How a proposed tax on share trading will affect investors
The Finance Ministry is considering levying a financial transaction tax (FTT) on stock trading next year, but a decision will depend on economic conditions, Finance Minister Arkhom Termpittayapaisith revealed recently.
What is FTT?
The ministry is considering an FTT tax rate at 0.1 percent of transaction value on the seller, regardless of whether the transaction makes a profit or loss. Those who trade shares worth less than Bt1 million a month would be exempted, Arkhom said.
The Revenue Department has been assigned to study the pros and cons of the FTT, taking into account the government’s need for more revenue and its impact on investors.
Countries around the world are faced with rising public debt as they have had to borrow more to finance relief packages for alleviating the impact of the pandemic.
Governments have been forced to seek new sources of revenue in order to ensure fiscal sustainability. Thailand is in the same boat, as the country’s financial position even before the COVID-19-induced public health crisis was under high pressure due partly to rising welfare costs because of an aging society. Economic slowdown for successive years has only made things worse.
Due to the rising deficit of the annual budget, the government this year raised the public debt ceiling to 70 percent of gross domestic product (GDP) from 60 percent.
As of October, Thailand’s public debt stood at Bt9.5 trillion, equivalent to 58.76 percent of GDP, according to the Public Debt Management Office.
Some analysts estimate that the government may gain an additional Bt10 billion to Bt20 billion in revenue by levying the FTT.
Athiphat Muthitacharoen, an associate professor at Chulalongkorn University’s Faculty of Economics, said the pandemic had severely increased the government’s debt burden and it needed revenue to offset it.
“The impact of FTT will be confined to investors in the stock market, so the cost on laypeople will be less than if the government were to hike the value-added tax rate, which will have high cost for general consumers,” said Athiphat.
Tax justice argument
Arkhom also cited tax justice and an effort to narrow the income and wealth inequality as reasons behind the proposal. The FTT, also known as specific business tax, has been held in abeyance for 30 years. He said now was the right time to impose it, arguing that many countries already collected FTT or capital gains taxes.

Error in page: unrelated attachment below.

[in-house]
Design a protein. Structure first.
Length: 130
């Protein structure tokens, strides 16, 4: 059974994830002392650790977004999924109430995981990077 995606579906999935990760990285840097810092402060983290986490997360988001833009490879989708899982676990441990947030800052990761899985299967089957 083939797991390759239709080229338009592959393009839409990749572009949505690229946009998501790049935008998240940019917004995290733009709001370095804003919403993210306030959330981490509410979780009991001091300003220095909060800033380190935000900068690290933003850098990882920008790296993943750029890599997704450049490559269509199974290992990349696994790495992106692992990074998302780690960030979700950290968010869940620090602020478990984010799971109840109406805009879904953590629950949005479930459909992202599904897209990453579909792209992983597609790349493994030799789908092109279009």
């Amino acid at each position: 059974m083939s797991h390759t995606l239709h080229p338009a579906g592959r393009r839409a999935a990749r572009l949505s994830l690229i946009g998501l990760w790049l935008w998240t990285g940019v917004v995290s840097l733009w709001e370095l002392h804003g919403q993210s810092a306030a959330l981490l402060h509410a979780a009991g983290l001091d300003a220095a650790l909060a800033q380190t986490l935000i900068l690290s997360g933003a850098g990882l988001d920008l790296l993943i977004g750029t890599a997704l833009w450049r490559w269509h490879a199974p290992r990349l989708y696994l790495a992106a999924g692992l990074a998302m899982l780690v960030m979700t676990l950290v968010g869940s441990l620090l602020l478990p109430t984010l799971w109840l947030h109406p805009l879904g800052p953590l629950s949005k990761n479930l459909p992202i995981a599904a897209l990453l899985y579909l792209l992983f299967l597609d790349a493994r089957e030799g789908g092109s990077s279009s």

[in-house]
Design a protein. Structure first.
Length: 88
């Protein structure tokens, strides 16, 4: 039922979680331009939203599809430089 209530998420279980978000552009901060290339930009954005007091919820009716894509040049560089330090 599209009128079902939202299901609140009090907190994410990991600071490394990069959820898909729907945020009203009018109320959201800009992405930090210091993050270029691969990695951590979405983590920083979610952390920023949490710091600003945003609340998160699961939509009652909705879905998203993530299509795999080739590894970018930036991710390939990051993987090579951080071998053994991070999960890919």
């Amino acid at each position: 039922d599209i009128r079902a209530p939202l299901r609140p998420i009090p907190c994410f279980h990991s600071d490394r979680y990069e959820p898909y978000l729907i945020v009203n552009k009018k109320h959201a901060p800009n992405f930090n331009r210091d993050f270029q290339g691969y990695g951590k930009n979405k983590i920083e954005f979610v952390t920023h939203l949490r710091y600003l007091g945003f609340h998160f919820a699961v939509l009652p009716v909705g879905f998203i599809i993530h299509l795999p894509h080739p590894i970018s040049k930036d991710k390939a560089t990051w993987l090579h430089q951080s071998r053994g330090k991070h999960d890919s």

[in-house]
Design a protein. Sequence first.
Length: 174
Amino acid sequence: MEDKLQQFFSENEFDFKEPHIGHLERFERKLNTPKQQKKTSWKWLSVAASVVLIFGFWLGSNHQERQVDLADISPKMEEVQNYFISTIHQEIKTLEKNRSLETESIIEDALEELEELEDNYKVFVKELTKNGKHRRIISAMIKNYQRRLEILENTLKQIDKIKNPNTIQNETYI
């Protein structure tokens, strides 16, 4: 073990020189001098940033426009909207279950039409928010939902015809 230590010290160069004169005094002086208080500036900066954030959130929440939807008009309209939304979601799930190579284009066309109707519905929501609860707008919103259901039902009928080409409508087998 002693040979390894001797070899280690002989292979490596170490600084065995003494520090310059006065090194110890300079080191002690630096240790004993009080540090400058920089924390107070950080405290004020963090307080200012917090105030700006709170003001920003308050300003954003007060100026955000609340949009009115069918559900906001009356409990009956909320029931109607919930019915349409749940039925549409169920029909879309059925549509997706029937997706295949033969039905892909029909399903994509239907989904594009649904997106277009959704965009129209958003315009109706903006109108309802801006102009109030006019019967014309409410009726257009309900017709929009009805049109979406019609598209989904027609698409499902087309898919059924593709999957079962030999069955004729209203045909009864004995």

The debate on tax justice has many dimensions.
Athiphat argued that the FTT may advance the cause of tax justice to some extent, but it would be better to levy capital gains tax on gains from selling stocks.
He said the current tax system puts wage earners at a disadvantage. Wage-earners have to pay personal income tax rates at between 5 to 35 percent in line with seven income brackets. But those who make gains from selling stocks are exempted from personal income tax on the profit.
Regarding tax justice, he said that when the government introduces new taxes, it should also take into account related taxes, such as withholding tax at 15 percent on bond coupons and interest received from bank deposits, and 10 percent on dividends.
Impact on investors, bourse
Those who oppose the FTT are worried about the local bourse becoming less attractive to investors due to an increase in costs.
Currently, the transaction cost is the brokerage fee, whose rates vary for different accounts, the size of investment and rate charged by each brokerage firm. This fee represents about 90 percent of transaction cost, said Athiphat.
If the government decides to impose FTT at 0.1 percent on sellers, it will increase the cost for sellers by up to 0.27 percent, higher than Singapore’s 0.2 percent and close to Malaysia’s 0.29 percent. In Thailand’s case, if the FTT is imposed as proposed, buyers will not be affected. In comparison, Malaysia and Hong Kong impose FTT on both sellers and buyers of stocks, Athiphat explained.
If stock transactions worth less than Bt1 million or Bt2 million a month are exempted from the FTT, about 80 percent of retail investors in the Thai stock market will be spared the tax.
The majority of retail investors, however, may shoulder the tax burden via their investments in mutual funds. So far, it is not clear whether mutual funds will be exempted from the FTT, Athiphat said.
By Thai PBS World’s Business Desk